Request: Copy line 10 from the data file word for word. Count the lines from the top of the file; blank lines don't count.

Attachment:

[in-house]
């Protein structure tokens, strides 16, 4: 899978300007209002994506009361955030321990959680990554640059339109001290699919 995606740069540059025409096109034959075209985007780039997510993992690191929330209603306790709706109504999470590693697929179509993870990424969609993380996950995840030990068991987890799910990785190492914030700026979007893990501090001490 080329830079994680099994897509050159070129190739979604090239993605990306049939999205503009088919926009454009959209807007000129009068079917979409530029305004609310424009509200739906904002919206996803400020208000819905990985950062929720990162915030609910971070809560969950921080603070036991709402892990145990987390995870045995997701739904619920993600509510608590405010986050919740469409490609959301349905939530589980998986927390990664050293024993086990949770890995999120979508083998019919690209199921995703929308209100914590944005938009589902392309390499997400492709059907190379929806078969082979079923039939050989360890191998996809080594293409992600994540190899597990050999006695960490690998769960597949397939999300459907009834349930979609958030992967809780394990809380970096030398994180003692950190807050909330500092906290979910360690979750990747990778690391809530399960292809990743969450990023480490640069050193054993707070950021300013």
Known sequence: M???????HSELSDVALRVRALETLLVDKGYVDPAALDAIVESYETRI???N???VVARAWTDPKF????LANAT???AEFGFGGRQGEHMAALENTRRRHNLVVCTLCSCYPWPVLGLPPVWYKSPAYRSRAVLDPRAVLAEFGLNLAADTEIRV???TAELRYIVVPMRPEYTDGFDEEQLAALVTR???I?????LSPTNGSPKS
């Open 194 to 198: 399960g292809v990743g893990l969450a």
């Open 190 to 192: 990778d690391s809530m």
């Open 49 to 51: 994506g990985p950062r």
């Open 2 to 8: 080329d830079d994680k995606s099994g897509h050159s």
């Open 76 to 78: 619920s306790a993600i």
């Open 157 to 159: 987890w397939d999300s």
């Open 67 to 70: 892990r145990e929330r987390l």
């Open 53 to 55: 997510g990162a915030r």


């Open 67 to 70: 892990r145990e929330r987390l």